Christopher Wray became the FBI’s new director in August, and typically when a new director arrives, he appoints a new deputy to help run the agency. When Comey became director in 2013, for example, he got a new deputy after about two months.
But within the FBI, even reassigning McCabe is viewed by many as a bad idea. It would be seen as caving to political demands and might provoke calls for additional housecleaning, according to current and former law enforcement officials.
McCabe rose quickly through the FBI’s senior ranks, only to find himself, beginning last year, the subject of intense partisan fighting about his conduct.
Republicans attacked him after reports that his wife, a Democratic candidate for a Virginia Senate seat in 2015, had received hundreds of thousands of dollars in campaign donations from the political action committee led by a close ally of the Clintons. He had also been part of discussions with Justice Department officials that critics said prevented FBI agents from more aggressively pursuing their investigation of the Clinton Foundation. Agents were trying to determine if donations to the foundation were made with an expectation of government favors from Clinton or her allies.
After reports about those issues surfaced in October 2016, then-candidate Trump singled out McCabe for criticism, and congressional Republicans demanded detailed answers from the FBI about his role in the Clinton probes – questions they insist remain unanswered.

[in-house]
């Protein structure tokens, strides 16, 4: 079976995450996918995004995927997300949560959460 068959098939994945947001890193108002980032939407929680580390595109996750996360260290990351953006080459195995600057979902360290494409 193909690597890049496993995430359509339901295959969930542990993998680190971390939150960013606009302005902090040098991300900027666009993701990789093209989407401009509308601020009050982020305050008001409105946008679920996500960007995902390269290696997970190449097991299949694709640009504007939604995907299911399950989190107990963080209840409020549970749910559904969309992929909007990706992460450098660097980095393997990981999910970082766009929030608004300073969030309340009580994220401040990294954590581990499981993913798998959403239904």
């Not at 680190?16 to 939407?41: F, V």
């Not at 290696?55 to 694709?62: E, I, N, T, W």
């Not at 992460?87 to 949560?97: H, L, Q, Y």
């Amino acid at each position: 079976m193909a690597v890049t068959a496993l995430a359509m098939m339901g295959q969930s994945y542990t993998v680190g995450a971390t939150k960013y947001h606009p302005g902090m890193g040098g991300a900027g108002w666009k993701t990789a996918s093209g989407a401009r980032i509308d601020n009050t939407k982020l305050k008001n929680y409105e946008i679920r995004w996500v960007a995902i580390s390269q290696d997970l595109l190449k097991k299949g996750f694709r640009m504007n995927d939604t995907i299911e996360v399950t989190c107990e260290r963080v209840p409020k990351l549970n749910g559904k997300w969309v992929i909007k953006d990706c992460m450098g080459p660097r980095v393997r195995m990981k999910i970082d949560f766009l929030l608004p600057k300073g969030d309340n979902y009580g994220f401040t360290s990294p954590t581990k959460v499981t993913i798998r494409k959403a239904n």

McCabe’s role is being examined by the Justice Department’s inspector general, who has said a report on how the Clinton probe was handled should be finished by spring.
In May came Comey’s firing, which left the FBI, according to one person inside the bureau, “permanently playing defense.”
McCabe was suddenly in charge, and, according to people familiar with the matter, law enforcement officials began to investigate the president for obstruction of justice.
In early December, McCabe faced yet another controversy. The Post reported that one of his senior advisers, FBI lawyer Lisa Page, had exchanged numerous pro-Clinton and anti-Trump text messages with Peter Strzok, the top FBI agent on Mueller’s probe. Strzok was removed by Mueller when he learned of their communications; Page had left the Mueller team two weeks earlier for what officials said were unrelated reasons. In one text, Strzok texted that he thought Clinton should win “100,000,000-0.”
More problematic for McCabe is a text in which Page told Strzok, “I want to believe the path you threw out for consideration in Andy’s office that there’s no way he gets elected – but I’m afraid we can’t take that risk. It’s like an insurance policy in the unlikely event you die before you’re 40.”
Republican lawmakers have seized on that text as evidence Strzok, Page and possibly McCabe were involved in an effort to somehow ensure Trump would not win the election. But people familiar with the exchange said the officials were debating how overtly they should begin investigating Trump and that one of the factors they considered was the likelihood Trump could win the presidency – which they considered small.
Even that explanation presents a headache for McCabe because it places a conversation in his office about how the expected election outcome should or should not affect the FBI’s investigative decisions.